Sa’ed Atshan: On the Quaker practice of embracing conflict

Excerpts from the Friends Journal interview

Republished from the blog of Quaker Universalist Fellowship @
universalistfriends.org/weblog/saed-atshan-on-the-quaker-practice-o....

Introduction: On March 31, 2018, Dr. Sa’ed Atshan will present the 54th Walton Lecture to the annual gathering of the Southeastern Yearly Meeting (SEYM) of the Religious Society of Friends (Quakers). His theme will be “Quaker Response in Turbulent Times.”

Dr. Atshan, a native of Palestine and graduate of Ramallah Friends School, is Assistant Professor of Peace and Conflict Studies at Swarthmore College. He has worked for the American Civil Liberties Union, the UN High Commission on Refugees, Human Rights Watch, Seeds of Peace, the Palestinian Negotiations Affairs Department, and the Government of Dubai.

In October 2015, Friends Journal published Dr. Atshan’s article “Realizing Wholeness: Reflections from a Gay Palestinian Quaker.”

The December 2017 issue of Friends Journal includes Senior Editor Martin Kelley’s interview with Dr. Atshan, “The Challenges We Face and Community We Forge.” We are republishing excerpts with permission.

We encourage readers to subscribe to Friends Journal at Join Us! for print-and-online or online-only access.


In early 2017, Peace and Equality in Palestine, a student group at Friends’ Central School in Wyndmoor, PA, was seeking a speaker. The group’s two teacher sponsors, both queer women of color, invited Dr. Sa’ed Atshan.

Two days beforehand the event was canceled due to parent complaints. In silent protest, 65 students and their teachers walked out of meeting for worship. Friends’ Central barred the two teacher sponsors from campus, later firing them when they refused a severance package in exchange for remaining silent about their treatment.

The Philadelphia Inquirer covered this story, which stirred much controversy among Quaker and others, but Dr. Atshan made a deliberate choice not to speak with the media. Friend’s Central eventually apologized to him and sought to reinvite him.1 He refused unless the two teachers were reinstated, which they were not.

Once the Equal Employment Opportunity Commission began investigation of Friends’ Central for discriminatory treatment, Dr. Atshan broke his silence with an article in The Philadelphia Inquirer.2

The theme for the December 2017 issue of Friends Journal is “Conflict and Controversy.” Martin Kelley interviewed Dr. Atshan about the conflict with Friend’s Central School for “The Challenges We Face and Community We Forge” (20-22, 40).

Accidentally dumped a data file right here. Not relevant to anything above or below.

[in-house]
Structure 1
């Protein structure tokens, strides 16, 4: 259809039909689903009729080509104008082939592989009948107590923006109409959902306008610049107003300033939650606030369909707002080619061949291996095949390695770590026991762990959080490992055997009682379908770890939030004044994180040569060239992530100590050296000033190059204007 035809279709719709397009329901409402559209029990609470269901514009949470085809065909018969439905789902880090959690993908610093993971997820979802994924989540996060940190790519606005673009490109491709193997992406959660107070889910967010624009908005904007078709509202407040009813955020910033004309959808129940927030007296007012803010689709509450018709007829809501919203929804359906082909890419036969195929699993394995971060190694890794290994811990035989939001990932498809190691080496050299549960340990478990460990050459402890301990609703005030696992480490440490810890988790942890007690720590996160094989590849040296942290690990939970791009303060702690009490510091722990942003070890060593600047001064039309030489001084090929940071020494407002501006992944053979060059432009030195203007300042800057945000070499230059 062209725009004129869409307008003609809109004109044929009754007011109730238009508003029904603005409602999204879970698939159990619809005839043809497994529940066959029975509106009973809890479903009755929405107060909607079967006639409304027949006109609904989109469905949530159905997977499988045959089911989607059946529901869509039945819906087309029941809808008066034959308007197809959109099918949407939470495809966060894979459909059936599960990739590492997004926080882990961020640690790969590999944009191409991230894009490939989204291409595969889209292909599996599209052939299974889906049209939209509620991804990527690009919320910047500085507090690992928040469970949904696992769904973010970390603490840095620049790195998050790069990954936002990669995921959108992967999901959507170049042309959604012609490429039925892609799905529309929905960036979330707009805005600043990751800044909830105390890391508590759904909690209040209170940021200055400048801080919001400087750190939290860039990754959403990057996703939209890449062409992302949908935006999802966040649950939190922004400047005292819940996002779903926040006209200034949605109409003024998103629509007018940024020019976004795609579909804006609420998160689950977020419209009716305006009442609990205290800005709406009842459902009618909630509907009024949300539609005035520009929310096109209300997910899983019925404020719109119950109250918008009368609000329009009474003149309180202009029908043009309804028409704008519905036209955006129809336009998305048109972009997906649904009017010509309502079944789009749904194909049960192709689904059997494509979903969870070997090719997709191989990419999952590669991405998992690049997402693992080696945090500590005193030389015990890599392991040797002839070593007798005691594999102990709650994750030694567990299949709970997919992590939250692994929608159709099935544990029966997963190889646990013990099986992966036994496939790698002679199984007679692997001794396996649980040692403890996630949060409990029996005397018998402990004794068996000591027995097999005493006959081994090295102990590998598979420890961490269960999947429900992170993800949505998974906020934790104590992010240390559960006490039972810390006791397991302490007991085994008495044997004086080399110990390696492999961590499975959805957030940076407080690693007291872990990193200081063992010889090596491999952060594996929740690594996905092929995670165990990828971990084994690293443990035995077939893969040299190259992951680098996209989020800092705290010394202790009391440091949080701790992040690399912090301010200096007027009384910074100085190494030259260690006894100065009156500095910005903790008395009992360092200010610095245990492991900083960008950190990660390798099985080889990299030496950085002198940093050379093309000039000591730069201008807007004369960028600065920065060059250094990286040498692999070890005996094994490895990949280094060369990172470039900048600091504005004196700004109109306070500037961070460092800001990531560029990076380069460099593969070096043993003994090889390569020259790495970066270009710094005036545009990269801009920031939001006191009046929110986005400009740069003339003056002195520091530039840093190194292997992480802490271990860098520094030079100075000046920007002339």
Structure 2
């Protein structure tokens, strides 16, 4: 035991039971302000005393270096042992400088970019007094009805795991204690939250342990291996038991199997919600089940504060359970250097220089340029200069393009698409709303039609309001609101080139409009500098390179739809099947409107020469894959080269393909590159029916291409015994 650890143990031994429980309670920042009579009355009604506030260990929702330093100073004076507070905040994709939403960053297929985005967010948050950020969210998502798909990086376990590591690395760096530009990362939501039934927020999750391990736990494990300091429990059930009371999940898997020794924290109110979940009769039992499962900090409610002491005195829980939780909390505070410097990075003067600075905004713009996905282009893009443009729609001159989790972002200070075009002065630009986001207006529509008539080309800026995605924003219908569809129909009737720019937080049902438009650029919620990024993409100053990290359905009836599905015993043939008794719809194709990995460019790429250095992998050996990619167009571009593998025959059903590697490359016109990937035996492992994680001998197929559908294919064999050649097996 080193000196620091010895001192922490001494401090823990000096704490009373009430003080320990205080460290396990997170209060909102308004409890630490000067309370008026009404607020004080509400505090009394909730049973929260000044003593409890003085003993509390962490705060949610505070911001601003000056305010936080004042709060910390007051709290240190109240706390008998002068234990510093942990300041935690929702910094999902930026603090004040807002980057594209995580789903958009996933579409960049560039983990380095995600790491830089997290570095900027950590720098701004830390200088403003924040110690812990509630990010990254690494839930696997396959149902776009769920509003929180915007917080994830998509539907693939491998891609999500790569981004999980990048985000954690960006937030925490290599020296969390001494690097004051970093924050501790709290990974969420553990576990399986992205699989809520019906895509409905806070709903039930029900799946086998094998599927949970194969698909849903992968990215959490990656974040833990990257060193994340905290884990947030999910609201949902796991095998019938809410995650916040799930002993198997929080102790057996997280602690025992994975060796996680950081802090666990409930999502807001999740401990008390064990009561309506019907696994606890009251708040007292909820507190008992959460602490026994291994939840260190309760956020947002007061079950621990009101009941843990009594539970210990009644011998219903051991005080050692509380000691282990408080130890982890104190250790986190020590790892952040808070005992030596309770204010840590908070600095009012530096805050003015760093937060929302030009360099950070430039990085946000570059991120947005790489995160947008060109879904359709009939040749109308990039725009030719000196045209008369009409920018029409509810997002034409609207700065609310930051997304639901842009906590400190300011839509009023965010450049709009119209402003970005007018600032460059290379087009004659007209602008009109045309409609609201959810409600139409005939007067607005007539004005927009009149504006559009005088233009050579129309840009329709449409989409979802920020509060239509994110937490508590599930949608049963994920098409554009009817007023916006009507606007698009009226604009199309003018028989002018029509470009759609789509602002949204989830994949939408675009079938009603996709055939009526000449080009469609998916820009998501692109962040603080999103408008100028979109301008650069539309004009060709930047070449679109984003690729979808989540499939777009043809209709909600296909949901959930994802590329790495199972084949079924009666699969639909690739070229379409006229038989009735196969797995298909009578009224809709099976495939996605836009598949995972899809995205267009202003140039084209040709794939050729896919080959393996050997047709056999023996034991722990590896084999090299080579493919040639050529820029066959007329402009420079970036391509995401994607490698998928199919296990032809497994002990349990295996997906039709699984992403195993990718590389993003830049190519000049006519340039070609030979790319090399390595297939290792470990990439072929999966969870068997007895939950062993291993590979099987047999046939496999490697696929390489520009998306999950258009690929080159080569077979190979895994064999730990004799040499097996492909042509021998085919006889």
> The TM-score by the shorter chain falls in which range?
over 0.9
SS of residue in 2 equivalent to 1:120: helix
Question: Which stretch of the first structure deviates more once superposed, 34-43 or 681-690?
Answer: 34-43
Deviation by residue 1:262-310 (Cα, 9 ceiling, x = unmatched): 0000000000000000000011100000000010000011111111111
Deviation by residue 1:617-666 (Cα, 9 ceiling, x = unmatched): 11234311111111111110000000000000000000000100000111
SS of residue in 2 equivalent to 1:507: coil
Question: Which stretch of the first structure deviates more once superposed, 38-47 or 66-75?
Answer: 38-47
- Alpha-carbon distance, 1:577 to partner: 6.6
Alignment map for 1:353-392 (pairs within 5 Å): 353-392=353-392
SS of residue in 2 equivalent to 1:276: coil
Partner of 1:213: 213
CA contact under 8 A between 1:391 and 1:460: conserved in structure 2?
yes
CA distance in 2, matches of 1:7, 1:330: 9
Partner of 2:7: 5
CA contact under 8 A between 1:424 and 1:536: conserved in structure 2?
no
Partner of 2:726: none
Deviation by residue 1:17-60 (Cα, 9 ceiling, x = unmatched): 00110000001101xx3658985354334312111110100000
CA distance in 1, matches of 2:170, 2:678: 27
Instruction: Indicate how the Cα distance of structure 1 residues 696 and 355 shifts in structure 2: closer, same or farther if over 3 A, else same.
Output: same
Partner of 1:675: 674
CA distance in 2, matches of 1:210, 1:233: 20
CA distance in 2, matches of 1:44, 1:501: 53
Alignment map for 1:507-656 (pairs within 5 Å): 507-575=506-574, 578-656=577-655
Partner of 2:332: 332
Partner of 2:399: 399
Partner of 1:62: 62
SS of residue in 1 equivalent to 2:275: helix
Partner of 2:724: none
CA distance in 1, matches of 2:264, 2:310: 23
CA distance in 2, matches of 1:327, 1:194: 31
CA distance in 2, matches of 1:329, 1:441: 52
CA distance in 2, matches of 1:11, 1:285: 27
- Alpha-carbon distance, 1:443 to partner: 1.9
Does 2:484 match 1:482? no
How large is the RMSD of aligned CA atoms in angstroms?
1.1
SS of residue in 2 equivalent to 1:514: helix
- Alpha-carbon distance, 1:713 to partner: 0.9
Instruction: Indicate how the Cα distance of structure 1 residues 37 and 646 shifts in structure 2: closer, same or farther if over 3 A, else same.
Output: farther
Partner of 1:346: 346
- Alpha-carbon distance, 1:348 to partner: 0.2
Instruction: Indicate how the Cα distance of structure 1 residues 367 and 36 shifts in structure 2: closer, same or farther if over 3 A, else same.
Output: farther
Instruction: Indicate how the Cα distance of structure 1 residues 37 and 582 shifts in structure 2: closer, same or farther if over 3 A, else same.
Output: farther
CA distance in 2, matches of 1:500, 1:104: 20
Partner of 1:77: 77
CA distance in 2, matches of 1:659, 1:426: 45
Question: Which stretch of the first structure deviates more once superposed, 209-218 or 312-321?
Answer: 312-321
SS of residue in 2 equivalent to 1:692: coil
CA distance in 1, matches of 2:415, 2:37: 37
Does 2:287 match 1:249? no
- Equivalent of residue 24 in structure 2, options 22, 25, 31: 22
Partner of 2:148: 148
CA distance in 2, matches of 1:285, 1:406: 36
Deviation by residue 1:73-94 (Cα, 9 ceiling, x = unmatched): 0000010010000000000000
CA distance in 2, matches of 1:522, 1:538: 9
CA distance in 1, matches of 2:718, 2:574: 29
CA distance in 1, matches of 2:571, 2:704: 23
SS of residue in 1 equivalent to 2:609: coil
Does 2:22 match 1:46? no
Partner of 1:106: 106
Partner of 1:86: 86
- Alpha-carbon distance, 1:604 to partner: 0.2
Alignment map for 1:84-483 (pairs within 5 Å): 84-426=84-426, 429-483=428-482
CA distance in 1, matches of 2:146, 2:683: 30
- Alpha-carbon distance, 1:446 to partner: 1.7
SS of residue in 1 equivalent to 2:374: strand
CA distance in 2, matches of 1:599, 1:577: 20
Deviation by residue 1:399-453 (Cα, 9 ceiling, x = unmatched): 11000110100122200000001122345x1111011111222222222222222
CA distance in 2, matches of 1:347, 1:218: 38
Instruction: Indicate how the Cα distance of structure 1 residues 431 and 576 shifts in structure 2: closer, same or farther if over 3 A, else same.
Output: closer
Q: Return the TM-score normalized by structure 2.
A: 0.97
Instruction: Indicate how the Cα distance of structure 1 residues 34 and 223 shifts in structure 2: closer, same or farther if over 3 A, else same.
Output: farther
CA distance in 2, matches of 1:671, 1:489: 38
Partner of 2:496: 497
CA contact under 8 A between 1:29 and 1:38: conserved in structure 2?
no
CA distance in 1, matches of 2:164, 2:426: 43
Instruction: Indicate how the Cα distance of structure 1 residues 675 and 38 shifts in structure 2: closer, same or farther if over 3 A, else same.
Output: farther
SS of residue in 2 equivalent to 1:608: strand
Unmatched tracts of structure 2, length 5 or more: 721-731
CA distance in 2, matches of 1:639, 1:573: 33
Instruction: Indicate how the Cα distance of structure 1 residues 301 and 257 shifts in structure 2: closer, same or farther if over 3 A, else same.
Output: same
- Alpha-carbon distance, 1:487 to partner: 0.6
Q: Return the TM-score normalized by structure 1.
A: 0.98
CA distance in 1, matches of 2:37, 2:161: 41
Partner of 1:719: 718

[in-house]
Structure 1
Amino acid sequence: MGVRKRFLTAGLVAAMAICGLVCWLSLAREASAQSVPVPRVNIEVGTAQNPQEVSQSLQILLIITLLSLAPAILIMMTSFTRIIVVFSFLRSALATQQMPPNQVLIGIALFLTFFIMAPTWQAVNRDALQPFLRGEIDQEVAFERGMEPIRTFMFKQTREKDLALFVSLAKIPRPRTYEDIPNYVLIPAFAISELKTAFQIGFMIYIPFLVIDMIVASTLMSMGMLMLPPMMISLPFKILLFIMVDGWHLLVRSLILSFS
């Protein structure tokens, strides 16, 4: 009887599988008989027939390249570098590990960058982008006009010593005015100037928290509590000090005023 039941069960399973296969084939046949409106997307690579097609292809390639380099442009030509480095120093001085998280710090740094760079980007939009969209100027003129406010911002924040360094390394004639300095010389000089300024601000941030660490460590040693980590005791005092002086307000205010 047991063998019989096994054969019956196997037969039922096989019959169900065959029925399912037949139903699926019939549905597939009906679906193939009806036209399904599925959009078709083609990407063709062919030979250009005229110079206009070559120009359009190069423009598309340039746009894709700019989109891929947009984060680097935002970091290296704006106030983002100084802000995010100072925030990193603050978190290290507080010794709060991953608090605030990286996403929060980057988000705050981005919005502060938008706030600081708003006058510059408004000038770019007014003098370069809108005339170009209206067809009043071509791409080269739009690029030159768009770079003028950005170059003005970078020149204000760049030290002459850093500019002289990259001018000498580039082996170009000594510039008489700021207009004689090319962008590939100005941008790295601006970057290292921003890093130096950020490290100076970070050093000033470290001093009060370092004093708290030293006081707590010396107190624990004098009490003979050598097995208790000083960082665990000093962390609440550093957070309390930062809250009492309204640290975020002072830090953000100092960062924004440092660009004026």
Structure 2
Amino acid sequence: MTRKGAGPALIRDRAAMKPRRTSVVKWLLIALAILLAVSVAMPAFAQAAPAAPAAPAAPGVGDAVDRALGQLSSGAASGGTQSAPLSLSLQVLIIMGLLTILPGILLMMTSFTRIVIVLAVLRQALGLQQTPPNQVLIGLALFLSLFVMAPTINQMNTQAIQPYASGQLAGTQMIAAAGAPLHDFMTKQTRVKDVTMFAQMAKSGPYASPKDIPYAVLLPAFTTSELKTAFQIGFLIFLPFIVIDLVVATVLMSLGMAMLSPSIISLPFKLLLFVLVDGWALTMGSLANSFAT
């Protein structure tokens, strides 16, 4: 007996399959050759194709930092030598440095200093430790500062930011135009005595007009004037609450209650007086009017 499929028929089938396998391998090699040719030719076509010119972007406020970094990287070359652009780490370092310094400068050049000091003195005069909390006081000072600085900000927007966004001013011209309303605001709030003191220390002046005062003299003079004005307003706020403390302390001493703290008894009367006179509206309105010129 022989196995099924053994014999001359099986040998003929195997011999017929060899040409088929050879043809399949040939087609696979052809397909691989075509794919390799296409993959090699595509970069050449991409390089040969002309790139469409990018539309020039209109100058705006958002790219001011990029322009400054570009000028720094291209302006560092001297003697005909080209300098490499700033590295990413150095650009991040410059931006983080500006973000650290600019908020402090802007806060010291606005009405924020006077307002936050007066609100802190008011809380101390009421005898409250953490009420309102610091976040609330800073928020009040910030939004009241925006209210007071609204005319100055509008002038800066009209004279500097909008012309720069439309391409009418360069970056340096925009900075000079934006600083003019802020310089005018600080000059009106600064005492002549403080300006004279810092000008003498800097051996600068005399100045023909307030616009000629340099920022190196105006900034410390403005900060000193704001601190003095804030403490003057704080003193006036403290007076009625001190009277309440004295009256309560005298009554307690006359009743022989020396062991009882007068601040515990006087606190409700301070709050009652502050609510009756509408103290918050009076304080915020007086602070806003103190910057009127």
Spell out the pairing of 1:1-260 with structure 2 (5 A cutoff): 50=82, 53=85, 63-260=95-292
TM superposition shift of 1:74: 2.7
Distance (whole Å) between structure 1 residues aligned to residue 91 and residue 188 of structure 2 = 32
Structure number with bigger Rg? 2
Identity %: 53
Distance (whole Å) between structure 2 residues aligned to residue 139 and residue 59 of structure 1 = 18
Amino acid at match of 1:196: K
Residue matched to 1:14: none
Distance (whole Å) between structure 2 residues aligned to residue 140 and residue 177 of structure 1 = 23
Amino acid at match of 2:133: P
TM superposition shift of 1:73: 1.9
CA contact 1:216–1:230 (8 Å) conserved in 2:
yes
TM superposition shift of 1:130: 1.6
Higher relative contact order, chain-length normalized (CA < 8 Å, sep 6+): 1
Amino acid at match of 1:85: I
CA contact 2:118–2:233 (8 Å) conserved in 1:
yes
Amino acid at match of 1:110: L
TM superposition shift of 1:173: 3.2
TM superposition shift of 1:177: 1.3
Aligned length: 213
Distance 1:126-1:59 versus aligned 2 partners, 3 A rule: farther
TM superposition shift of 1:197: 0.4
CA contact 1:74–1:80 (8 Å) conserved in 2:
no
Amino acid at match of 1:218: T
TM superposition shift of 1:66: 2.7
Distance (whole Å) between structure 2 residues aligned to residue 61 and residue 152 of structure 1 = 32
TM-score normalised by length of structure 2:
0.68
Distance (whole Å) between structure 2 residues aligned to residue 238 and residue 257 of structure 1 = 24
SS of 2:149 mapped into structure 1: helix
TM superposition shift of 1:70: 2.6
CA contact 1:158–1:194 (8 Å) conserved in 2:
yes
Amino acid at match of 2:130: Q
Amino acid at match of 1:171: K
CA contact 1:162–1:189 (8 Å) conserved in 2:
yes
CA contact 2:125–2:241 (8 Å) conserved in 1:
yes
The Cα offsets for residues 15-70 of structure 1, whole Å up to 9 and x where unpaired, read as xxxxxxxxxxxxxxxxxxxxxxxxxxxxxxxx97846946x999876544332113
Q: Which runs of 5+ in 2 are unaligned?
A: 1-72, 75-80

After a “just-the-facts” retelling of the story, Dr. Atshan described the process by which he initially chose not to speak with the press:

[One] of the challenges that we face now…is the inclination to give in to knee-jerk impulses: to respond immediately whenever we feel that there’s been an injustice, whenever we feel hurt, whenever we feel pain, or whenever we feel offended…. I really try as much as I can to be disciplined and to resist that urge.

I think that going through a process of discernment—reflecting on what just happened, collecting all of the necessary information that one needs, speaking privately with key confidants, giving oneself some space and some time—can be really useful. It can allow us to engage much more productively and constructively…. (21)

Some months later, though, when he saw that the two fired teachers were vulnerable and not being successful with their case, he felt a moral responsibility to speak publicly on their behalf. Then he went public with his Philadelphia Inquirer article, “Palestinian professor speaks out on cancellation of Friends’ Centra... (8/8/2017).

The interview discussion next broadened to consider the difficulties modern Quaker and others have with confronting conflict. One concern is the stereotyping that Quakers may resort to even with internal conflicts. Dr. Atshan explained:

Stereotyping is very easy. As human beings, we need categories. We need them in our linguistic and conceptual toolbox. Using categories, it’s much easier to process the world around us and to communicate. But sometimes we don’t realize the harm and the danger involved in associating people with a particular label….

It would be wonderful if we were more curious about each other and if we wanted to dig deeper beyond labels. We should be more willing to engage groups directly and ask them how they self-identify…. (22)

A larger concern is the cliché that Quakers sometimes go out of their way to avoid conflict, rather than acknowledge and deal with it.

Part of our Quaker heritage is speaking truth to power. Quakers have been at the forefront of many social justice struggles.